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Suppose $\mathfrak{g}$ is a restricted Lie algebra over a field of characteristic $p>0$. Are there conditions on $\mathfrak{g}$ and its restriction which ensure that its restricted enveloping algebra is a domain? That it is a finitely generated domain? I really care about the graded case, so what if we assume further that $\mathfrak{g}$ is graded, concentrated in positive even degrees, and finite-dimensional in each degree?

Edit: for example, if the restriction is injective, does that mean that $u(\mathfrak{g})$ is a domain? What if you only know that if $x^{[p]}=0$, then $x=0$ is that good enough? In the graded case, if the restriction is also surjective in all sufficiently large degrees, is $u(\mathfrak{g})$ a finitely generated domain?

Are there conditions on $\mathfrak{g}$ and its restriction which make $u(\mathfrak{g})$ isomorphic to an ordinary enveloping algebra $U(L)$ of some Lie algebra $L$?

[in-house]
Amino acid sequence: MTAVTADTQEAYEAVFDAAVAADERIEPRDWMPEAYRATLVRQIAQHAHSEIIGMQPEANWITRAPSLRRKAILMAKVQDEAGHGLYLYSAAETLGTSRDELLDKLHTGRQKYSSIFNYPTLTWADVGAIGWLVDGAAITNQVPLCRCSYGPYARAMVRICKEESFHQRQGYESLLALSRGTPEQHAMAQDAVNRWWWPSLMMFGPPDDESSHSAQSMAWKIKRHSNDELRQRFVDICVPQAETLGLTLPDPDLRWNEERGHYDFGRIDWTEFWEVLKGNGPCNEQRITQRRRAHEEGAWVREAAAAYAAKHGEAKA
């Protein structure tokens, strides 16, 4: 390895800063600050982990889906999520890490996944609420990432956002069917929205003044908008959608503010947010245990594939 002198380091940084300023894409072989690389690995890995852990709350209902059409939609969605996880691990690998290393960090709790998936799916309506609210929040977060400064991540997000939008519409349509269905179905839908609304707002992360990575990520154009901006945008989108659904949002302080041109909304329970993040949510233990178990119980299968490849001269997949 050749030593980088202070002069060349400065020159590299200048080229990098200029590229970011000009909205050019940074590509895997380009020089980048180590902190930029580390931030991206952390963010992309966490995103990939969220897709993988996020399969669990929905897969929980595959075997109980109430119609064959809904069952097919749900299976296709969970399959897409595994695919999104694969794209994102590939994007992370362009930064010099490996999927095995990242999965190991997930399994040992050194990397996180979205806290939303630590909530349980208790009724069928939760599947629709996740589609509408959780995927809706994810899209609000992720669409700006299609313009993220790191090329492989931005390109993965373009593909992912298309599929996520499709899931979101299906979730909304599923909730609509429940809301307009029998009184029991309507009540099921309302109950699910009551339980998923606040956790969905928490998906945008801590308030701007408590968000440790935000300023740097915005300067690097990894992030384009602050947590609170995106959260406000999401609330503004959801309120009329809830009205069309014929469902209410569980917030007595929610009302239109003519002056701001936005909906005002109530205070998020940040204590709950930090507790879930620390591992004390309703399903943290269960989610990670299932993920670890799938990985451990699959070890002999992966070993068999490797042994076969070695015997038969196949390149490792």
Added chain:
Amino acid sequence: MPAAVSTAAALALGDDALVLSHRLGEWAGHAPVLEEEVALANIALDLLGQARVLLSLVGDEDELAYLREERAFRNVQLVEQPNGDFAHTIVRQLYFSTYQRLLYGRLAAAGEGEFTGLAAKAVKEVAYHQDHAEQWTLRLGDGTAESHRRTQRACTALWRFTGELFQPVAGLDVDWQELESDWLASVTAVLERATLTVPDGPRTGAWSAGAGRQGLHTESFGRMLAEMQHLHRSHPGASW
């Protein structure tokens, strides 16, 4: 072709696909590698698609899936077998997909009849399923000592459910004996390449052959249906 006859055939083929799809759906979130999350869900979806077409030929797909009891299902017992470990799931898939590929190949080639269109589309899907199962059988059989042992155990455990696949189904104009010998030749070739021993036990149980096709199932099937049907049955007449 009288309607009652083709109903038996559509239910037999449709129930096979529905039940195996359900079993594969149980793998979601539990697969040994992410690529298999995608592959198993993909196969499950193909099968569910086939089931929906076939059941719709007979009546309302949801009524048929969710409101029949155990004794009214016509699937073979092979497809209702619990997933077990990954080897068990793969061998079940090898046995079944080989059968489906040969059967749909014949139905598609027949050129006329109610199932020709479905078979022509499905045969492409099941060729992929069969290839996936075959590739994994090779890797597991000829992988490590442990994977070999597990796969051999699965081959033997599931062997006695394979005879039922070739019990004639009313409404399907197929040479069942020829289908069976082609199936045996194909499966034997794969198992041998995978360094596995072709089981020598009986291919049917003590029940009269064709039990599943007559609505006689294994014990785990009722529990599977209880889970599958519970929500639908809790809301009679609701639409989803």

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# When is a restricted enveloping algebra a domain? A finitely generated domain?

Suppose $\mathfrak{g}$ is a restricted Lie algebra over a field of characteristic $p>0$. Are there conditions on $\mathfrak{g}$ and its restriction which ensure that its restricted enveloping algebra is a domain? That it is a finitely generated domain? I really care about the graded case, so what if we assume further that $\mathfrak{g}$ is graded, concentrated in positive even degrees, and finite-dimensional in each degree?